The law gives property owners the right to protest actions concerning their property tax appraisals. You may follow these appeal procedures if you have a concern about:
*The market or special appraised value placed on your property
*The unequal appraisal of your property
*The inclusion of your property on the appraisal roll
*Any exemptions that may apply to you
*The qualifications of an agricultural or timber appraisal
*The taxable status of your property
*The local governments which should be taxing yourproperty
*The ownership of property
The change use of land receiving special appraisal
*Any action taken by the chief appraiser, appraisal district or appraisal review board that applies to and aversely affected you.
or call 432-758-3263 to talk to one of the appraisers to discuss their property value.
Review by the Appraisal Review Board
If you can’t resolve your problem informally with the county appraisal district (CAD) staff, you may have your case heard by the appraisal review board (ARB).
The ARB is an independent board of citizens that review problems with appraisals or other concerns listed above. It has the power to order the CAD to make the necessary changes to solve problems. If you file a written request for an ARB rearing (called a notice of protest) before the deadline, the ARB will set your case for a hearing. You’ll receive written notice of the time, date and place of the hearing. If necessary, you may request a hearing in the evening, Saturday or Sunday. Prior to your hearing, you may ask to review the evidence the CAD will use to uphold their determination. The CAD may ask you for a copy of the evidence you plan to present. The hearing will be informal.
You or a designated agent may appear in person to present evidence or you may send notarized evidence for the ARB to review at your hearing. The CAD representative will present evidence about your case. You may cross-examine the CAD representative. The ARB will make its decision based on the evidence presented. The CAD has the burden of establishing the property’s value by a preponderance of the evidence presented. You can get a copy of a protest form from the appraisal district office at 302 S.E. Ave B.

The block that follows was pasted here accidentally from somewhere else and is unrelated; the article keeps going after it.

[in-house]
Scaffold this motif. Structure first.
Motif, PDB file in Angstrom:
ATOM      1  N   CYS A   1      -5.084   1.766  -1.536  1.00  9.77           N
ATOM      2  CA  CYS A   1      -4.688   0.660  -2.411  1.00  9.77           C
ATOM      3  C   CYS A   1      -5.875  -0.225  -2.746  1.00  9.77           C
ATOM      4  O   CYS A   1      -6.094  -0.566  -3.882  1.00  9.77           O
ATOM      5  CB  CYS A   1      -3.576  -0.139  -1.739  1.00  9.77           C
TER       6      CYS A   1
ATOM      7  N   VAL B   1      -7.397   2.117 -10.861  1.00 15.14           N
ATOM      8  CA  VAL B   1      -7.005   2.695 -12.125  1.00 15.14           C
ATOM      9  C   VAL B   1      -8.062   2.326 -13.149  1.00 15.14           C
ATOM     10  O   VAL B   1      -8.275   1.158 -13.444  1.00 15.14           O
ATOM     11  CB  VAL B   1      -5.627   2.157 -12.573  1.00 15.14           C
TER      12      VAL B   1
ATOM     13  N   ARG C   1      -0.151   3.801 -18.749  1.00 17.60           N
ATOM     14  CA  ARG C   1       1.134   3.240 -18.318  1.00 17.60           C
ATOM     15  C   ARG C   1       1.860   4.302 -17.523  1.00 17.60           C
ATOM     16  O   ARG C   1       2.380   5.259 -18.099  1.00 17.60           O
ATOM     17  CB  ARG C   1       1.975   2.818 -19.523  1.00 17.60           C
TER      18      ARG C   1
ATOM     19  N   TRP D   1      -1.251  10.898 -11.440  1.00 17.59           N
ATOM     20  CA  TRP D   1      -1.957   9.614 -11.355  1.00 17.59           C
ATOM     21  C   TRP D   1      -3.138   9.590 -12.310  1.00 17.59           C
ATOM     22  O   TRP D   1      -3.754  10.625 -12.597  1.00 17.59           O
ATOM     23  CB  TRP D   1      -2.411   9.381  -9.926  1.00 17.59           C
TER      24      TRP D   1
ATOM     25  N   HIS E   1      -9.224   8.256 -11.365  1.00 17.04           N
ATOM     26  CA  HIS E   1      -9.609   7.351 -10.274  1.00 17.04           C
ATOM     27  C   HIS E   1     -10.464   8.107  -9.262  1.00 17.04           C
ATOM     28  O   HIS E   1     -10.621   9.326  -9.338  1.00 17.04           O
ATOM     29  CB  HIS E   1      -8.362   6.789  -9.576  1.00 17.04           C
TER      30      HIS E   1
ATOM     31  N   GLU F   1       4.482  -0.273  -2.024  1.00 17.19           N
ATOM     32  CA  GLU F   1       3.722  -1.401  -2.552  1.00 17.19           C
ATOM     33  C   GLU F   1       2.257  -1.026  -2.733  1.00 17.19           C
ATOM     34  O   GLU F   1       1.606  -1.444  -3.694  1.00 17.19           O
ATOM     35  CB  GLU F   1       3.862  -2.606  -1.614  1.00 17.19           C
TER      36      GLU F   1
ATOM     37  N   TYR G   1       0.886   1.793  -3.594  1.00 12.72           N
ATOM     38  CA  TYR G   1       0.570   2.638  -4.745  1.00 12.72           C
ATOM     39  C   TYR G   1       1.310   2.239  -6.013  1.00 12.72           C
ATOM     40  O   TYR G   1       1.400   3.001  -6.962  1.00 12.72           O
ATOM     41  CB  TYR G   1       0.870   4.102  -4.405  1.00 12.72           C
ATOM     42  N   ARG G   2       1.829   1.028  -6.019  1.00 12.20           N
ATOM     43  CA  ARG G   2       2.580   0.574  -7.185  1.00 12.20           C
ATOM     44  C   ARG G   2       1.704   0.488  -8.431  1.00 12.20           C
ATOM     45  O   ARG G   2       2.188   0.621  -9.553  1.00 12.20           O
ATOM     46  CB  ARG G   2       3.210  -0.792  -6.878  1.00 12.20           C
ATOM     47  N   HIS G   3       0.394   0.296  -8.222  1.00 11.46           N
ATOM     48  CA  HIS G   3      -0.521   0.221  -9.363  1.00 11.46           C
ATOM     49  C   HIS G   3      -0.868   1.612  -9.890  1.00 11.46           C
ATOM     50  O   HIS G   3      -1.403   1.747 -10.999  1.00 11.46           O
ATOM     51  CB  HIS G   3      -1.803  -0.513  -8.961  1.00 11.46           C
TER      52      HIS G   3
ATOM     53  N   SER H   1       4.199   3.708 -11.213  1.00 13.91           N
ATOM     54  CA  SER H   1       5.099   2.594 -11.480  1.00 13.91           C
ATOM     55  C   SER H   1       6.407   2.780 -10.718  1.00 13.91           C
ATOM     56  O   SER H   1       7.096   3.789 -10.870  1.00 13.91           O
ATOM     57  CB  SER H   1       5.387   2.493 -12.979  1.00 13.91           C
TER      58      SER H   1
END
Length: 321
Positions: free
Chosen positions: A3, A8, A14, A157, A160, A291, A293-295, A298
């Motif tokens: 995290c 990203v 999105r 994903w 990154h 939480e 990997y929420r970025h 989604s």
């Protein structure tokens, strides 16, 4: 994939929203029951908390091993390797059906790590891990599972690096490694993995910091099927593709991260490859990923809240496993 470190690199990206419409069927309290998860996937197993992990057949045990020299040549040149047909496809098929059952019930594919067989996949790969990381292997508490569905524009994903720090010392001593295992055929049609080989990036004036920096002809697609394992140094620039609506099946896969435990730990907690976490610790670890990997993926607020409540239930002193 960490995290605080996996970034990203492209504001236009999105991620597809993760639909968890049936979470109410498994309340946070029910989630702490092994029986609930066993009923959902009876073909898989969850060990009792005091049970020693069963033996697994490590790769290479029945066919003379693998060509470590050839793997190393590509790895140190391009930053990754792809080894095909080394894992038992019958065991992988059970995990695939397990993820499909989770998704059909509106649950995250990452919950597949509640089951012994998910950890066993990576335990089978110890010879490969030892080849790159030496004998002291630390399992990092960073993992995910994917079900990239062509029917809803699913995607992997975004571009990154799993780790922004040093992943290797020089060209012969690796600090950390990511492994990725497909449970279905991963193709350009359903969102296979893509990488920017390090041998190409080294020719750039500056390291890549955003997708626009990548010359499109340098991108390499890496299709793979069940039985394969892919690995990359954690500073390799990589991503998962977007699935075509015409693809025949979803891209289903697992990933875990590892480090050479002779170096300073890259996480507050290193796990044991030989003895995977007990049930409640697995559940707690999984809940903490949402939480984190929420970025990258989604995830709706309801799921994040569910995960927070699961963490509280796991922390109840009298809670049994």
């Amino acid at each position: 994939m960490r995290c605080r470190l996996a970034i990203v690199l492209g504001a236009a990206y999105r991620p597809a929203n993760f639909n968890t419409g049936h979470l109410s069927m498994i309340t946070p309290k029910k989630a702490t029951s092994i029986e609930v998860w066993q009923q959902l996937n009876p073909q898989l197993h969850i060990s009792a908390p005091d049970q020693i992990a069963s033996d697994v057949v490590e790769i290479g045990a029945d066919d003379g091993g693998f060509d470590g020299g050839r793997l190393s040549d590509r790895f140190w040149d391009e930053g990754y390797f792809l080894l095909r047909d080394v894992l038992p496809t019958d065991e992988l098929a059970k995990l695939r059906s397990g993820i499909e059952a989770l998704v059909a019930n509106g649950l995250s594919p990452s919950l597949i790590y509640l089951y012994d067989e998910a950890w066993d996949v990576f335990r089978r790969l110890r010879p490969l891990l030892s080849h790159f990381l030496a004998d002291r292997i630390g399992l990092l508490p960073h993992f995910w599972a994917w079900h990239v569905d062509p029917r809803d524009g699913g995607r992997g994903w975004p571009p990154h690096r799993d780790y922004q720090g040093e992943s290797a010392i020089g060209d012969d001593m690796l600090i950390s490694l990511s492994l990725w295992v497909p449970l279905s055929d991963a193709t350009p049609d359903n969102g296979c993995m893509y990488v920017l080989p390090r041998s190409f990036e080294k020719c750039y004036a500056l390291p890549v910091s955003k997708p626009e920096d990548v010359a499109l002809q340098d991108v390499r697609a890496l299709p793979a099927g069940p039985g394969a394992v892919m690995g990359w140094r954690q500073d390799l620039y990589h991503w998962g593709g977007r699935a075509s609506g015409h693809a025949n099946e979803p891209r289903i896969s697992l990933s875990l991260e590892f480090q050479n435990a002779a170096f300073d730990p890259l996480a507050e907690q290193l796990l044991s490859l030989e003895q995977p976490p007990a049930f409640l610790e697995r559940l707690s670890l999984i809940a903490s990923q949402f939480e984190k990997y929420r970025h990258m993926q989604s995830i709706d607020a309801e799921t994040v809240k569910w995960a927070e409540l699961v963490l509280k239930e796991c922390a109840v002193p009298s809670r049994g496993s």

Note: You shouldn’t try to contact ARB members outside of the hearing. The law requires ARB members to sign an Affidavit saying that they haven’t talked about your case before the ARB hears it.
Review by the District Court
After it decides your case, the ARB must send you a copy of its order by certified mail. If you’re not satisfied with the decision, you have the right to appeal to district court. If you choose to go to court, you must start the process by filing a petition within 45 days of the date you receive the ARB’s order. As an alternate and within the same time period, you may file a request for binding arbitration with the county appraisal district in certain cases.
If you appeal and your case is pending, you must pay the lesser of the amount of taxes due on the portion of the taxable value not in dispute or the amount of taxes due on the property under the order from which the appeal is taken.
You can get more information by contacting the Gaines County Appraisal District at 302 S.E. Ave B, Seminole, Texas or 432-758-3263. You can also get a pamphlet describing how to prepare a protest from the Appraisal district or from the State Comptroller’s Property Tax Division at P.O. Box 13528, Austin, Texas 78711-3528
Deadline for Filing Protests
With the ARB
On or before May 31 (or 30 days after a notice of appraised Value was mailed to you, whichever is later).
Late Protests are allowed if you miss the usual deadline for Good cause. Good cause is some reason beyond your control, like a medical emergency, the ARB decided whether you have good cause.
Late protests are due the day before the appraisal review board approves records for the year. Contact your appraisal district for more information.
For change of use (the appraisal district informed you that you are losing agricultural appraisal because you changed the use of your land), the deadline is before the 30th day after the notice of the determination was mailed to.
For ARB changes (the ARB has informed you of a change that increases your tax liability and the change didn’t result from a protest you filed), the deadline is before the 30th day after the notice of the determination was mailed to you. Deadline is June 12, 2014 - Real Estate; June 25, 2014 – Mineral; June 26, 2014 - Industrial.
If you believe the appraisal district or ARB should have sent you a notice and did not, you may file a protest until the day before taxes become delinquent (usually February 1).
The ARB decides whether it will hear your case based on evidence about whether a required notice was mail to you.